Genome-wide discovery of human splicing branchpoints

Mercer, Tim R., Clark, Michael B., Andersen, Stacey B., Brunck, Marion E., Haerty, Wilfried ORCID:, Crawford, Joanna, Taft, Ryan J., Nielsen, Lars K., Dinger, Marcel E. and Mattick, John S. (2015) Genome-wide discovery of human splicing branchpoints. Genome Research, 25 (2). pp. 290-303. ISSN 1088-9051

[thumbnail of GenomeRes-2015-Mercer-290-303]
PDF (GenomeRes-2015-Mercer-290-303) - Published Version
Available under License Creative Commons Attribution Non-commercial.

Download (1MB) | Preview


During the splicing reaction, the 59 intron end is joined to the branchpoint nucleotide, selecting the next exon to incorporate into the mature RNA and forming an intron lariat, which is excised. Despite a critical role in gene splicing, the locations and features of human splicing branchpoints are largely unknown. We use exoribonuclease digestion and targeted RNA-sequencing to enrich for sequences that traverse the lariat junction, by split and inverted alignment, reveal the branchpoint. We identify 59,359 high-confidence human branchpoints in >10,000 genes, providing a first map of splicing branchpoints in the human genome. Branchpoints are predominantly adenosine, highly conserved, and closely distributed to the 3 ′ splice site. Analysis of human branchpoints reveals numerous novel features, including distinct features of branchpoints for alternatively spliced exons and a family of conserved sequence motifs overlapping branchpoints we term B-boxes, which exhibit maximal nucleotide diversity while maintaining interactions with the keto-rich U2 snRNA. Different B-box motifs exhibit divergent usage in vertebrate lineages and associate with other splicing elements and distinct intron-exon architectures, suggesting integration within a broader regulatory splicing code. Lastly, although branchpoints are refractory to common mutational processes and genetic variation, mutations occurring at branchpoint nucleotides are enriched for disease associations.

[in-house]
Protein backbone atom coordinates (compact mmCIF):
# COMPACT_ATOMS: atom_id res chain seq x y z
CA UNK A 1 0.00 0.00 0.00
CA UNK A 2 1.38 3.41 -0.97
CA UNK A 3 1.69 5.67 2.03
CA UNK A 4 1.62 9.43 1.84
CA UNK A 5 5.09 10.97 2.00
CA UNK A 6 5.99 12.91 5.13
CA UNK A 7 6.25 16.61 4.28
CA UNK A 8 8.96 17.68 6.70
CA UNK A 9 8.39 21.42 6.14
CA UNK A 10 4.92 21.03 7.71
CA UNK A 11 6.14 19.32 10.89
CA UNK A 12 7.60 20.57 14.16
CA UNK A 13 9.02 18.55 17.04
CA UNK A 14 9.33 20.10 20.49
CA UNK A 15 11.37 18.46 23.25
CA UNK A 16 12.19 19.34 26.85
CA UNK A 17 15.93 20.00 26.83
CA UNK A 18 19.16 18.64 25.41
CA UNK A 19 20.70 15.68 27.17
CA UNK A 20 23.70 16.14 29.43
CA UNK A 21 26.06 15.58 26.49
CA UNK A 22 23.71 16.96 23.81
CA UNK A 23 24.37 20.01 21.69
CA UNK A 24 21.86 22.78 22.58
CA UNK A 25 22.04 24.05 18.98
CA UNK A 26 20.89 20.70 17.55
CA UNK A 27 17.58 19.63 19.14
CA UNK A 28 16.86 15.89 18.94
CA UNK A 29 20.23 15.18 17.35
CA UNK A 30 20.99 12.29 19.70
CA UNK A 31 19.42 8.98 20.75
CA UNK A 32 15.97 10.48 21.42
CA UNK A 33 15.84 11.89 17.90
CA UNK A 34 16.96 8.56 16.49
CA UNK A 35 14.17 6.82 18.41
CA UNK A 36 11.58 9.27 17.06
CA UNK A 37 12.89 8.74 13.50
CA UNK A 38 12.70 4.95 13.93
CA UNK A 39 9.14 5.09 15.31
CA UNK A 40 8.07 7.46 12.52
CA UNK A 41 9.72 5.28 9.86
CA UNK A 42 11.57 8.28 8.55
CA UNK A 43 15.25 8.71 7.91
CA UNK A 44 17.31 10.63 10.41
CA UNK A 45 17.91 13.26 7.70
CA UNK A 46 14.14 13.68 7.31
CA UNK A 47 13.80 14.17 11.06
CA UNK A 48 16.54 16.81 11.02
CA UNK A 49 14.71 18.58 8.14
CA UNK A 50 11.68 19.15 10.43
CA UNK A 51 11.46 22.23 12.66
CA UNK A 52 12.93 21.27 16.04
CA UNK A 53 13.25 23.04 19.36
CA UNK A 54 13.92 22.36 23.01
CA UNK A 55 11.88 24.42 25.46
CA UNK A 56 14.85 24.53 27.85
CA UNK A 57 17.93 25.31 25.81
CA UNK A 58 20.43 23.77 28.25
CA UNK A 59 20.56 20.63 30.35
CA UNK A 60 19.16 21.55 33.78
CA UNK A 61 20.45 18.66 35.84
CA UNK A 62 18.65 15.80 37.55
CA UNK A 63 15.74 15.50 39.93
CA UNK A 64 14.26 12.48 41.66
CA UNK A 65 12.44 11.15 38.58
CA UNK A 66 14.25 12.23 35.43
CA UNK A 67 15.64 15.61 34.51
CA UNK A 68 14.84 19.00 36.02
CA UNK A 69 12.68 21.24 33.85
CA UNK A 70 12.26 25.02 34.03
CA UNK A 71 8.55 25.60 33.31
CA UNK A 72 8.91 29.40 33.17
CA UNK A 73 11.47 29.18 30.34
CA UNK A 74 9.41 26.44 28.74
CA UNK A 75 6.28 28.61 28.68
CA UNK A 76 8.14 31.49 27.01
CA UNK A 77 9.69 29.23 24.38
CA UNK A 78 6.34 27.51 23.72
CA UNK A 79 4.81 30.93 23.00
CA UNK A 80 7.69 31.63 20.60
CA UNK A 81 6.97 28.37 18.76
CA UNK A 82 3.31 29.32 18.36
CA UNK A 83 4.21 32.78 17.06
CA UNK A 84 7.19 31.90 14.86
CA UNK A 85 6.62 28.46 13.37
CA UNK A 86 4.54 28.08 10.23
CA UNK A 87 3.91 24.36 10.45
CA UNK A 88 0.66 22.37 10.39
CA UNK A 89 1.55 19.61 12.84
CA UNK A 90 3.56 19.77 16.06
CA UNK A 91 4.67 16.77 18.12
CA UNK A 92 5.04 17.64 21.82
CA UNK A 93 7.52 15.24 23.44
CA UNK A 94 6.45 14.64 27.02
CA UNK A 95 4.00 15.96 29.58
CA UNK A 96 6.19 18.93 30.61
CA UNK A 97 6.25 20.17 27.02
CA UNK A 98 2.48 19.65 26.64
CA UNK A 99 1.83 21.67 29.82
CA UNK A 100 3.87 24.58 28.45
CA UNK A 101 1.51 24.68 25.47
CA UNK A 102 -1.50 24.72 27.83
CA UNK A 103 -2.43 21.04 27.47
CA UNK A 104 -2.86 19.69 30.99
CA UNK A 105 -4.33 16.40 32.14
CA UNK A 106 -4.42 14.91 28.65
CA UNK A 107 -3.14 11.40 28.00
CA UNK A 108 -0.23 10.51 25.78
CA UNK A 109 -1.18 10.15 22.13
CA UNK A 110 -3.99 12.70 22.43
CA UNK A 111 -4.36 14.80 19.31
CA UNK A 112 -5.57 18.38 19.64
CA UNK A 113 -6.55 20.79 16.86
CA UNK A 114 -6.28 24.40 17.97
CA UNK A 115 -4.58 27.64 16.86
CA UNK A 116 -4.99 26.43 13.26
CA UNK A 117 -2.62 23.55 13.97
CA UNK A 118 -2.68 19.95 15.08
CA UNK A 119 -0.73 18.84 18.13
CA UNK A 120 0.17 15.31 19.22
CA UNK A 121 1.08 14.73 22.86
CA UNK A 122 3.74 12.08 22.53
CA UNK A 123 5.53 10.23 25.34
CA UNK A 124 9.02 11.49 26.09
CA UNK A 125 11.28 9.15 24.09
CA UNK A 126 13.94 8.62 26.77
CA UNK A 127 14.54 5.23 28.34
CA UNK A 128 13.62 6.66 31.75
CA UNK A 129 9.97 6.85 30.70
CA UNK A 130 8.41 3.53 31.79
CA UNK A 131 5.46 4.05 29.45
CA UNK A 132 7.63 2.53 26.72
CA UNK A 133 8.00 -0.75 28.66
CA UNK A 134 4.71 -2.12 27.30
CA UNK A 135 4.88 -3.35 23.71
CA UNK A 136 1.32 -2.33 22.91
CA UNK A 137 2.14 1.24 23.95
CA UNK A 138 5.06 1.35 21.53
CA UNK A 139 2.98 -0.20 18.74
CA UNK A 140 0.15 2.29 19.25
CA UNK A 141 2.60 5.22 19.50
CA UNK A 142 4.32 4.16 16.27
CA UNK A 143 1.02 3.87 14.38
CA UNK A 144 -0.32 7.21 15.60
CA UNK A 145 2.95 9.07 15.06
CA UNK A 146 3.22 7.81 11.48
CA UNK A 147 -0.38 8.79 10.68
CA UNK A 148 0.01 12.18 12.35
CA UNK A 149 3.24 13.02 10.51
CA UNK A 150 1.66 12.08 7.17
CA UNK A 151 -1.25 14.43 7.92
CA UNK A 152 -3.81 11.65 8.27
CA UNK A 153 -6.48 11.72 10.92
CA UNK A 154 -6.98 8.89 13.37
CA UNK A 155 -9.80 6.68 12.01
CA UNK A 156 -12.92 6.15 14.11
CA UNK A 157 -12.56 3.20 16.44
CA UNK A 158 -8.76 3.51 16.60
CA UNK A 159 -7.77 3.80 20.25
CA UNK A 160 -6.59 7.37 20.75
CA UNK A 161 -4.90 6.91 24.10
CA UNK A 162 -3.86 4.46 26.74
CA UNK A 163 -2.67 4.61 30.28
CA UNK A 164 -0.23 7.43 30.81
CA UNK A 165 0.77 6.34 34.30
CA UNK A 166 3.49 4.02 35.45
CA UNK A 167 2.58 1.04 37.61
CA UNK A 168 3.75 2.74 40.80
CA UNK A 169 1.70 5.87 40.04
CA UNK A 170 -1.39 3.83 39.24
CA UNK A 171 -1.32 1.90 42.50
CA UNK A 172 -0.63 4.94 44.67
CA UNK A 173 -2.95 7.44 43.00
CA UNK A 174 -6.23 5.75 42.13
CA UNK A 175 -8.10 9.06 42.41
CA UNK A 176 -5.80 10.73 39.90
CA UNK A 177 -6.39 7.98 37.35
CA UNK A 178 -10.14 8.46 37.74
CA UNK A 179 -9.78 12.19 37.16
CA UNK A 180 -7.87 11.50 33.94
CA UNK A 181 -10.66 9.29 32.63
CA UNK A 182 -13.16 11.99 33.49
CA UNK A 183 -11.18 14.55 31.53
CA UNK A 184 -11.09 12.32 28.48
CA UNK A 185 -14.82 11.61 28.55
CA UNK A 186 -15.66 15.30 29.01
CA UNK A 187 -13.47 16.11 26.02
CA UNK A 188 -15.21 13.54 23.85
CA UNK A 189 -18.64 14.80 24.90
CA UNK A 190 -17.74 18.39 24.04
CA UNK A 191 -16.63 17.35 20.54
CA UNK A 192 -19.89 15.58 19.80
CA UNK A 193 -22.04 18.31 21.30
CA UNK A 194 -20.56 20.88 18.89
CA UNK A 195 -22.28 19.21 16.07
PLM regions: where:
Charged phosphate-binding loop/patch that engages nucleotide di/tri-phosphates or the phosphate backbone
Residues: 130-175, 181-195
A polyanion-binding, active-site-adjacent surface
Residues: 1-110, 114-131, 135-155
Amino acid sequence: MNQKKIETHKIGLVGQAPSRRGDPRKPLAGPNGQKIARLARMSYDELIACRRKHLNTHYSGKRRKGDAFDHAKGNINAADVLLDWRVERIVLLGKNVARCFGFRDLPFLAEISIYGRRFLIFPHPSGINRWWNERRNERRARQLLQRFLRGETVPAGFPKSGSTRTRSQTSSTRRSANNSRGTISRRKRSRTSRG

Item Type: Article
Uncontrolled Keywords: genetics,genetics(clinical),sdg 3 - good health and well-being ,/dk/atira/pure/subjectarea/asjc/1300/1311
Faculty \ School: Faculty of Science > School of Biological Sciences
UEA Research Groups: Faculty of Medicine and Health Sciences > Research Centres > Norwich Institute for Healthy Aging
Related URLs:
Depositing User: LivePure Connector
Date Deposited: 19 Feb 2021 01:04
Last Modified: 21 Apr 2023 00:58
DOI: 10.1101/gr.182899.114

Actions (login required)

View Item View Item